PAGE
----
Impacts and implications of violence against cultural heritage in Syria

Published on 18 March 2021

Sofya Shahab

Research Officer

Heritage destruction, and the ideological motivations behind it, is vital for understanding conflict as well as addressing questions on what heritage is documented, preserved and rebuilt. In the first of two blogs on Daesh’s heritage destruction in Iraq and Syria, Sofya Shahab describes the historical phenomenon of heritage destruction, and why this form of place-based violence was a deliberate tactic for attacking their enemies and establishing territorial control.

Bruno Malfondet, 'Palmyre, Syrie / The old city of Palmyra, Syria (now destroyed)', (CC BY-NC-SA 2.0)
Bruno Malfondet, ‘Palmyre, Syrie / The old city of Palmyra, Syria (now destroyed)’, (CC BY-NC-SA 2.0)

The value of cultural and religious heritage in shaping identities and communities has meant that, throughout history, the construction and destruction of monuments have been used to exert power and control over peoples and territories. Archaeological records dating back to the Near Eastern Iron Age describe how statues of rulers would be defaced as a means of denying and resisting both the statues’ and the rulers’ power.

More recently, during the conflict in Bosnia from 1992-1995, Mostar’s historic 16th century bridge was deliberately shelled by Croat forces, while in 2012 the Salafi jihadist group, Ansar Dine, destroyed mausoleums and tombs in the Old City of Timbuktu, which had been declared a World Heritage Site in 1988.

However, the rise of Daesh and the establishment of the self-proclaimed Islamic Caliphate across Iraq and Syria in 2014 heralded a new wave of heritage destruction as an act of intentional violence during conflict. In Syria alone, Daesh destroyed Shiite shrines in the Ammar bin Yasir Mosque in Raqqa, the 4th century Mar (Saint) Elian Christian Monastery and perhaps most famously the ancient city of Palmyra. Archaeological remains such as the Dura-Europos – a Hellenistic city located on the Euphrates – were also systematically looted as a means of financing their campaign, while untold numbers of churches and shrines have been desecrated by the group.

It’s important to stress that the strategic campaign against the diverse heritage of Syria and Iraq was deliberate, and not an act of spontaneous vandalism or irrational hatred.

What were the motivations behind the heritage violence carried out by Daesh and why is it important to understand them?

The destruction of religious and archaeological heritage in Syria, as well as the publicity these acts attracted, enabled Daesh to quickly establish their ideology, identity, and sovereignty, so that in broadcasting their violence against heritage (on social media, for example), Daesh were able to inflict psychological, emotional and physiological harm on those they opposed and build their power over and beyond the physical territories they controlled.

Through heritage destruction, Daesh established their ideology by engaging in religious and political iconoclasm or idol breaking. They presented this destruction as a means of ridding society of what they deemed to be ‘idolatry’, the veneration of archaeological heritage within western frameworks of value and religious spaces, and icons that opposed their vision for a socially homogenous caliphate that did not accept any deviance from Shariah law.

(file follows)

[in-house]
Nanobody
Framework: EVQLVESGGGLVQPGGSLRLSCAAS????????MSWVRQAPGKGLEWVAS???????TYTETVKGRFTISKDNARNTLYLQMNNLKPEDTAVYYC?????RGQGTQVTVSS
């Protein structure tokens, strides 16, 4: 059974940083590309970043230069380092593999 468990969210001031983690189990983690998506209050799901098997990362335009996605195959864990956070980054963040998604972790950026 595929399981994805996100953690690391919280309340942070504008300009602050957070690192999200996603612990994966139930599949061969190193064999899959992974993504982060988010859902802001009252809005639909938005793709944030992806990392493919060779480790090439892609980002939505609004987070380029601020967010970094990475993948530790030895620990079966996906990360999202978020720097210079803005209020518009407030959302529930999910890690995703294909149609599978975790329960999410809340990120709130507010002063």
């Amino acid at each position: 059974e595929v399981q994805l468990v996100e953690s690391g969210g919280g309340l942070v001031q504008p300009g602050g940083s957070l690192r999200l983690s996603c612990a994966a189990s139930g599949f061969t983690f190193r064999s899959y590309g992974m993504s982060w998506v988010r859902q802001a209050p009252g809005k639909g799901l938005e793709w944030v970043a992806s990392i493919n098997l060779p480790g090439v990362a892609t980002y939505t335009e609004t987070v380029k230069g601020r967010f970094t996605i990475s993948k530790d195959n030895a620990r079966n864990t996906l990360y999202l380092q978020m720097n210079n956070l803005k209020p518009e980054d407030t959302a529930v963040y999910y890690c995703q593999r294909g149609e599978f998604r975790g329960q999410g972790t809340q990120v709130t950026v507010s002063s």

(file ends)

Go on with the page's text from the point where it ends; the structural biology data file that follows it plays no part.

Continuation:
Iconoclasm has a long-history and has been used in the reformulation of society. For example the Reformation movement in 16th century Europe challenged the substantial religious and political authority of the Catholic Church (as well as its significant wealth), and resulted in the largescale physical destruction of religious artefacts and buildings.

Using their propaganda outlets and social media, Daesh enacted their sovereignty and displayed ideological and territorial control by violating accepted international conventions for heritage (e.g. the Geneva Convention). Heritage destruction deployed by Daesh enhanced both local and international perceptions of their power and also represented a deliberate attack against their enemies as these religious and archaeological sites were considered sacred.

In wiping heritage from the landscape, Daesh were equally erasing the identities connected to those landscapes. While heritage sites provide physical spaces where national and religious identities can be performed, in the anthropological sense, they also go further than that, contributing directly to those identities by providing tangible markers that cement belonging and enable cultural practices and rituals that create and embody community. This meant that an element of what Daesh achieved was a place-based violence that annihilated any sense of belonging, where belonging is tied to history and represented through tangible structures and the memories held within them. As a result, Daesh engaged in practices of exclusion and expulsion to create physical and existential displacements among targeted religious groups.

By understanding these motivations for the heritage destruction undertaken by Daesh in Syria and Iraq, we can begin to gain further understanding of the importance of heritage and the role it plays in political conflicts. This is particularly necessary when it comes to questions around what heritage is documented, preserved and rebuilt, and how this may be done. A matter we return to in the next Coalition for Religious Equality and Inclusive Development (CREID) heritage blog.

In Part 2 of this blog, I will look in more detail at the impacts of heritage destruction on communities in Syria and approaches to protection and preservation.


About this opinion

Iraq Syria

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